Name of Hospital: Marshall Pickens
City, State/Province, Country: Greenville, South Carolina, USA
Number of Stars: 2
Comment: I got into an argument with my uncle, who called the police on me for screaming at him (and then my grandmother when she told me to shut up). I didn’t make any threats, though several were made against me. Because I was living in my grandmother’s home, the police came and told me to keep my nose in my own business.
At the time the police arrived I was hurting myself. It took them a while to realize what I was trying to accomplish, but once they did, they manhandled me into the living room and called the EMTs on me. The EMTs put me in the ambulance, shoved an IV in my foot, and took me to the closest ER with an attached mental health hospital, Marshall Pickens.
While I was recovering in the ER, a social worker approached me, dismissed the family members who had gathered, and began berating me for, quote unquote, “allowing myself to be a victim”. I broke down into tears again and tried to explain what was going on at home, and she seemed to understand more. She talked me into agreeing to the inpatient program for a few days, at least to “get away” from the nonsense going on at home (I would later find out my uncle was trying to get me committed for no less than a month, and that my commitment was still counted as involuntary).
I met a few nice people in the ward, and the psychiatrist helped me get back on antidepressants. However, there were a few issues that made me desperate to get out.
1. There was no treatment offered specific to my needs. I live in an abusive household and had attempted suicide once before, but everything was “group therapy” with videos and half-hearted DBT journals.
2. I was warned by an orderly not to drink the milk in the Ward’s snack room or from the lunchroom. When I asked why, he said that they tend to leave drink deliveries out for hours before putting them away, and people have gotten sick off it. I did try a chocolate milk, and had to throw half of it away due to the odd taste.
3. The food choices were limited and constantly changing. Some meals I went without eating because I couldn’t find anything that I could stomach. They would heap butter on all of the toast, which turned me off the toast, but we weren’t allowed to have sugary sodas (aspartame gives me migraines and tastes disgusting to me). I have a relatively limited range in what I can eat, despite years of personal effort to increase the number of foods I can stomach; it’s just a fact of life for me. When I asked if it’d be possible to get food from the food court, they flatly told me no and to hurry up and eat something.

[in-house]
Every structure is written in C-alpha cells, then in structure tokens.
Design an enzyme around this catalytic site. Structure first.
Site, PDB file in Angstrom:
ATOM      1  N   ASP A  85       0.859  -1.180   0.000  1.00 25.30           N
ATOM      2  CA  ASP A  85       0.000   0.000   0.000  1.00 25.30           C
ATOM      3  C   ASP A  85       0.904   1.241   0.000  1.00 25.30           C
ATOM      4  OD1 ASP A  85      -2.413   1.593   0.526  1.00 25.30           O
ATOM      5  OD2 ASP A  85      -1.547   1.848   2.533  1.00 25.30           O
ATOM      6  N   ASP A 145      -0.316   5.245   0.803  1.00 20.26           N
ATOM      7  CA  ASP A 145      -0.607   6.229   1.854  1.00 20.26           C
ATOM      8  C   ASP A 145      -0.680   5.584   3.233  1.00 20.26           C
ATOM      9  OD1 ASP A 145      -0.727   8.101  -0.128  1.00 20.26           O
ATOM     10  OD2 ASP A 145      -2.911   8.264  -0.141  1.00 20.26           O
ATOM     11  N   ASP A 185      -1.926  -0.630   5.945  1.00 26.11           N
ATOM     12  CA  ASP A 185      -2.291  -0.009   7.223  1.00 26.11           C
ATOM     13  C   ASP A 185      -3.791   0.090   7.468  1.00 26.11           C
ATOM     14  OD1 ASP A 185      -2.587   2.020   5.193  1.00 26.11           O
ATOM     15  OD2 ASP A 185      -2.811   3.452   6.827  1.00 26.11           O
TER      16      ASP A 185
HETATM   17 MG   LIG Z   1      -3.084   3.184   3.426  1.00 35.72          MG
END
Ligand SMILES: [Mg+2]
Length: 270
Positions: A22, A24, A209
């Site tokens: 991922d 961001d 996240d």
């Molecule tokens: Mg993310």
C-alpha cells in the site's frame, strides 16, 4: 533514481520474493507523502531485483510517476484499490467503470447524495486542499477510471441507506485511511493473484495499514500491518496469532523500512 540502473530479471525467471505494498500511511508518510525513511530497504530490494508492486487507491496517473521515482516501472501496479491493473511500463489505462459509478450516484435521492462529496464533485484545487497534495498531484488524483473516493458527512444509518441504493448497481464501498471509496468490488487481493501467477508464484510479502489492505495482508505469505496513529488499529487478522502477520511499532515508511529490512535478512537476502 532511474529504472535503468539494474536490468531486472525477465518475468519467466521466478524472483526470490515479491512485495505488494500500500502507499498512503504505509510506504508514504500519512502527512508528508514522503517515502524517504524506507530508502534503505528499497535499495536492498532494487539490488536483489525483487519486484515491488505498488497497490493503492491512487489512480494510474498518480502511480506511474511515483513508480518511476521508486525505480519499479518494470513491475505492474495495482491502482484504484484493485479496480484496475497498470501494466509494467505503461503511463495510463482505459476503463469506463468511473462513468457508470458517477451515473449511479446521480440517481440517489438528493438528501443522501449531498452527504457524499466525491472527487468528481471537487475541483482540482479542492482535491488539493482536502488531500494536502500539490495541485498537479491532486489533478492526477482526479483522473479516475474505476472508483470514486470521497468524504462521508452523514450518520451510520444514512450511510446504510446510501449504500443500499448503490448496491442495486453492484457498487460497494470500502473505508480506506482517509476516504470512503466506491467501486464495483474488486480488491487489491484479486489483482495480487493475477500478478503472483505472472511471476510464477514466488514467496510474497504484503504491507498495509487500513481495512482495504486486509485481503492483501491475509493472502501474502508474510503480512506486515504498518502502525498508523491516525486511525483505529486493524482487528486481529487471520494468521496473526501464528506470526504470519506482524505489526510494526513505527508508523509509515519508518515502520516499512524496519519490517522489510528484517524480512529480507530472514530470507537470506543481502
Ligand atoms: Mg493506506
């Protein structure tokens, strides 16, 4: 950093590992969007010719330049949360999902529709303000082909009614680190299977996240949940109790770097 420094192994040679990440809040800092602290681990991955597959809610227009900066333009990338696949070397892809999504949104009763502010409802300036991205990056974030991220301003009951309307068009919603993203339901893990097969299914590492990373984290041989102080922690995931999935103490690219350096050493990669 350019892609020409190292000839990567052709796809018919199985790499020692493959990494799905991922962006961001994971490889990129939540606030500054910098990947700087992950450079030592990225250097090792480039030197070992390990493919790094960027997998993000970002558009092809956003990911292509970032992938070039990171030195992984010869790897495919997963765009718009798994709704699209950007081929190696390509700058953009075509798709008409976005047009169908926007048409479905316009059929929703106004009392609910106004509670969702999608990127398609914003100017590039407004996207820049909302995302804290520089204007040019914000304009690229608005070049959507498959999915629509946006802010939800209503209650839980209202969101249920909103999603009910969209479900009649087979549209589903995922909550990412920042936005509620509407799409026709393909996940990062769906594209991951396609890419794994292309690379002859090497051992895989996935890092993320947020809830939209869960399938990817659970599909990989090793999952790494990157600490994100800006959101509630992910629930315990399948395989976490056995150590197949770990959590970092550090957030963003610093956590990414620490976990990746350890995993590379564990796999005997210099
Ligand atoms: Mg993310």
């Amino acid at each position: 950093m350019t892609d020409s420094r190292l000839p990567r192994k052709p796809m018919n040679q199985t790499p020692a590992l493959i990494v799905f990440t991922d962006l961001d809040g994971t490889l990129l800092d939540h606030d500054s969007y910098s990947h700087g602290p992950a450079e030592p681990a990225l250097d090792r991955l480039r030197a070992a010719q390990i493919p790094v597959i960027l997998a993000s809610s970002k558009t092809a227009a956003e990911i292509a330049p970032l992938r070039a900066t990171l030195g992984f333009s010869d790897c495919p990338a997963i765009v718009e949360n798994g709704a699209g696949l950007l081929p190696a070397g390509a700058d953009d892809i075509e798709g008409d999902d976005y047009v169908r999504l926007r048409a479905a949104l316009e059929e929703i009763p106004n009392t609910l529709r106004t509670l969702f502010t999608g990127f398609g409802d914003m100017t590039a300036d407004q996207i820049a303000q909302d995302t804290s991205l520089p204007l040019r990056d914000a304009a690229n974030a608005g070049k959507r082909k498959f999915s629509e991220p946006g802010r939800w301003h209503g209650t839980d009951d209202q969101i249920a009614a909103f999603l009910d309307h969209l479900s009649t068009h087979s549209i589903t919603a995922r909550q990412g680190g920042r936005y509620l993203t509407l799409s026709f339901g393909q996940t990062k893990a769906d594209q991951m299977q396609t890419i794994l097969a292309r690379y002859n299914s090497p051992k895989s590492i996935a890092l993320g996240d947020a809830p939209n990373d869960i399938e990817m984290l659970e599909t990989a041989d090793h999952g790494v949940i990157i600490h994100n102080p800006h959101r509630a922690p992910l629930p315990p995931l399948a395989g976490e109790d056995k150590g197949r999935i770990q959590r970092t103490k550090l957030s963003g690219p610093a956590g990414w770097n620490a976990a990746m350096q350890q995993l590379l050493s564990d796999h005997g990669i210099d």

4. I was not allowed to have my phone or other personal effects. Neither of my brothers had their licenses, and my girlfriend and best friend both live in other states. I had no way to communicate with people who cared about me and we’re concerned about me until I managed to remember my grandmother’s phone number and begged her for my brother’s phone number.
5. Without my phone, I also had no way to distract me during the long hours between sessions and after meals. I read as much as I could, but I really wanted to speak to my friends and the choices of leisure activities were limited, to say the least.
It was overall an unpleasant experience. It took hours to get released due to still being considered ‘involuntary’ and having to wait for the magistrate to sign off on it. I got nothing out of the sessions except a wish to escape and a slight breather from my abusive family.
Type of program (i.e. day program, inpatient): Inpatient
Any other identities/marginalizations (i.e. race/gender/sexuality) that could have influenced your stay?: Read as cis female (I’m nonbinary but not out)
Year(s) : 2016